House Speaker Paul Ryan won’t seek re-election in November, a top aide said, dealing a blow to congressional Republicans already facing a possible Democratic takeover of the House in the November elections and setting off a GOP leadership battle.
“This morning Speaker Ryan shared with his colleagues that this will be his last year as a member of the House,” Ryan adviser Brendan Buck said in a statement. “He will serve out his full term, run through the tape, and then retire in January.”
Ryan, 48, plans to hold a news conference Wednesday morning.
Ryan’s retirement had been the subject of rumors in the halls of Congress for months and the Wisconsin Republican has given only vague answers when he was asked about his plans. After passage of Ryan’s long-sought tax overhaul late last year, the speaker clashed with President
Donald Trump over his planned tariffs.
Trump wrote on Twitter, “Speaker Paul Ryan is a truly good man, and while he will not be seeking re-election, he will leave a legacy of achievement that nobody can question. We are with you Paul!”
His departure sets up a battle for control of the chamber. Among likely contenders are Kevin McCarthy of California and Steve Scalise of Louisiana, the No. 2 and No. 3 GOP leaders in the House.
Scalise declined to comment, and there was no immediate response from McCarthy’s office.
Ryan’s decision comes as recent special elections that reaped Democrats an Alabama Senate seat and a House seat in Pennsylvania hint at a building anti-GOP wave that may overturn the party’s majority in Congress.
Ryan’s plans were reported earlier by Axios.
He took the speaker’s post in late 2015 after fellow Republican John Boehner stepped aside and his heir apparent — Majority Leader Kevin McCarthy — abruptly dropped out of the race to replace him.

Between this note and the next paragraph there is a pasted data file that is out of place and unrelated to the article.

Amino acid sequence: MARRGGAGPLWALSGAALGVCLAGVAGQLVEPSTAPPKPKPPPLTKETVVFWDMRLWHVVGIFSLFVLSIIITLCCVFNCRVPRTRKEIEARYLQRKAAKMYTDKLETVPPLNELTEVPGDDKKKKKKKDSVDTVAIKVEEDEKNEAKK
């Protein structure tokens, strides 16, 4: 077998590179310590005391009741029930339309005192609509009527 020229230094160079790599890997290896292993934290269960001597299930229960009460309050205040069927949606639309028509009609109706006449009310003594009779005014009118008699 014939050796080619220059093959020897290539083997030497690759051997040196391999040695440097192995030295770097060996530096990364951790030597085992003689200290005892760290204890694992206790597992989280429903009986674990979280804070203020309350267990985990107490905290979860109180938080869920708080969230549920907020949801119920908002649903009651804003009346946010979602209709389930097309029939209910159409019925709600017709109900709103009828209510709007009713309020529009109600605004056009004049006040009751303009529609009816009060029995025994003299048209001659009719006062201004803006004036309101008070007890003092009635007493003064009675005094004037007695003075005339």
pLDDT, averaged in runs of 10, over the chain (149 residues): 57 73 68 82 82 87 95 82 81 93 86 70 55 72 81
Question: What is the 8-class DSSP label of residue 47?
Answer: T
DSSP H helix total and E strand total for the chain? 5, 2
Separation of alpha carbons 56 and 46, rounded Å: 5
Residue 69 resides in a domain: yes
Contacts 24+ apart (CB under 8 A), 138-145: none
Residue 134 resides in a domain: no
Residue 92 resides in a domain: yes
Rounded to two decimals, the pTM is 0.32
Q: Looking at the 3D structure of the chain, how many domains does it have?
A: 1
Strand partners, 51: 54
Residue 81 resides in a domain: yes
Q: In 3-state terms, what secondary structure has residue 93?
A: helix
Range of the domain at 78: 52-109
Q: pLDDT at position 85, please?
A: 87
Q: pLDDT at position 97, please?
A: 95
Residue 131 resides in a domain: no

The Wisconsin native has struggled to manage the often difficult and thankless task of wrangling the fractious Republican conference. A former chairman of the House Budget Committee, Ryan — who was first elected to Congress in 1998, at the age of 28 — has spent much of his career focused on fiscal policy. He’s focused particularly on pressing the need to rein in entitlement growth.
Pennsylvania Republican Representative Ryan Costello said Ryan indicated it was a “deeply personal” decision made so he could spend more time with his family and not a reflection of the political challenges Republicans face in November.
Another potential contender is North Carolina’s Mark Meadows, chairman of the conservative Freedom Caucus. “The only thing that is my focus right now is delivering results to the American people. Leadership positions were never on my bucket list,” Meadows said in an email to Bloomberg News.
If for no other reason, Ryan will be missed by his colleagues for his fundraising prowess. His time as a vice presidential candidate in 2012 helped him build relationships with a national network of donors and his policy positions were in sync with the sort of establishment Republicans who attend fundraisers.
During the first quarter of 2018, his joint fundraising committee — Team Ryan — pulled in $11.1 million. So far in the 2017-18 election cycle, he’s raised more than $54 million, a total Ryan’s political aides have called an unprecedented sum for a speaker’s political organization. More than $40 million of the total Ryan has raised has been transferred to the National Republican Congressional Committee, the main campaign operation for House Republicans.
So far this election season, Ryan has traveled to more than 30 states and more than 70 cities to raise money. He’s likely to maintain a robust fundraising schedule the rest of this election year, although with his planned exit from power he’s not likely to be as hot a ticket on the fundraising circuit.
— With assistance by Kathleen Hunter, and John McCormick